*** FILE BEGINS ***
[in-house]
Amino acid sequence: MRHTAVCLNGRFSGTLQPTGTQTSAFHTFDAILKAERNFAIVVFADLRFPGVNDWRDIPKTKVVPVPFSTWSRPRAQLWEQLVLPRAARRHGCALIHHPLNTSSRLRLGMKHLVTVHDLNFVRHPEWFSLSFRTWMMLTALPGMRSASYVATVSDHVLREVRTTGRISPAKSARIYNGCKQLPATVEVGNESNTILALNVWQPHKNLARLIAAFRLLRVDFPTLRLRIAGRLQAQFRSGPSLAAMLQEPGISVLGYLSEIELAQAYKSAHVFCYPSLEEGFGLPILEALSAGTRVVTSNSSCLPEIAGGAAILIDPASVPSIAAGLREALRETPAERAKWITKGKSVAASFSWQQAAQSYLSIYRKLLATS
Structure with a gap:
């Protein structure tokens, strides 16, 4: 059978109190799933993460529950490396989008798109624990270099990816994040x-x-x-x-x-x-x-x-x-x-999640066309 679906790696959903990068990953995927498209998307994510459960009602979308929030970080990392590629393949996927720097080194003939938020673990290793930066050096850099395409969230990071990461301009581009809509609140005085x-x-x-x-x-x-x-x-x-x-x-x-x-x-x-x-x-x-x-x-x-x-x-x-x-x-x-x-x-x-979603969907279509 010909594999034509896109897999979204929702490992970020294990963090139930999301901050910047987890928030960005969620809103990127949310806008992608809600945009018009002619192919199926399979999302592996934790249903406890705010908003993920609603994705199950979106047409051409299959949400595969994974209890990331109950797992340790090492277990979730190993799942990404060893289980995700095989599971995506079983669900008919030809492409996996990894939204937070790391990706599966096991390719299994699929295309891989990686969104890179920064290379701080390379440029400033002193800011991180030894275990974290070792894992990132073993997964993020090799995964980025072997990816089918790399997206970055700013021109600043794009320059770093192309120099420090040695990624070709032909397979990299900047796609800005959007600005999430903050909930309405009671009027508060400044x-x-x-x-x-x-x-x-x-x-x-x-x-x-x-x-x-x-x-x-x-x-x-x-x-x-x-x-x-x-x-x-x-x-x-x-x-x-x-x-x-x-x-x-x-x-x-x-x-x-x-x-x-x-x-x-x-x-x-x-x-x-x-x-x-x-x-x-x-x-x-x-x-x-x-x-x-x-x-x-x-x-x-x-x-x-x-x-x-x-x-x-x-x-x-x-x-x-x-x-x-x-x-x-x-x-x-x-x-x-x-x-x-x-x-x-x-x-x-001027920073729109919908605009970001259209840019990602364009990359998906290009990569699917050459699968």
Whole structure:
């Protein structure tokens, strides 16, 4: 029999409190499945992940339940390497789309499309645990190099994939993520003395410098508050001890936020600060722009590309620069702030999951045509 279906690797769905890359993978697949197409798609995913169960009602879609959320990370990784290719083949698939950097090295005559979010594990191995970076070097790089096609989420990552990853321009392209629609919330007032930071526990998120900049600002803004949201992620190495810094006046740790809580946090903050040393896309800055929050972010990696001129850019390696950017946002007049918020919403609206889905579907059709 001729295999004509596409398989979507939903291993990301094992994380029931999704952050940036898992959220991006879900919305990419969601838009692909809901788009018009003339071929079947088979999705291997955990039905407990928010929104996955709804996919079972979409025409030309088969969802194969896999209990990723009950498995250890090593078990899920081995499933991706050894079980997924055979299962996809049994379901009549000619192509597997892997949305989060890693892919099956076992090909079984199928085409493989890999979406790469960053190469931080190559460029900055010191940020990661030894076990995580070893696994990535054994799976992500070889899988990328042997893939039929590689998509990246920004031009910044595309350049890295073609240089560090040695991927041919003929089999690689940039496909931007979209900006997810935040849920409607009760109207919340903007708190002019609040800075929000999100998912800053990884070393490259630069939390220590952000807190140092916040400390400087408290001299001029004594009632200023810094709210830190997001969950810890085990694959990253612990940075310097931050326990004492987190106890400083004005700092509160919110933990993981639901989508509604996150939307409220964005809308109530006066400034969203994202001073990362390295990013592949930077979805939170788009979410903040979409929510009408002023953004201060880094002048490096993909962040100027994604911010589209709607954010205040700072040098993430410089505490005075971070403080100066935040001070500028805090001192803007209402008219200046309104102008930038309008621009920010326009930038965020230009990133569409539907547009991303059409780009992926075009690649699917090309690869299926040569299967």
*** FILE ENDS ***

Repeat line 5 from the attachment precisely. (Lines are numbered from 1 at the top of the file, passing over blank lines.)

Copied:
Whole structure: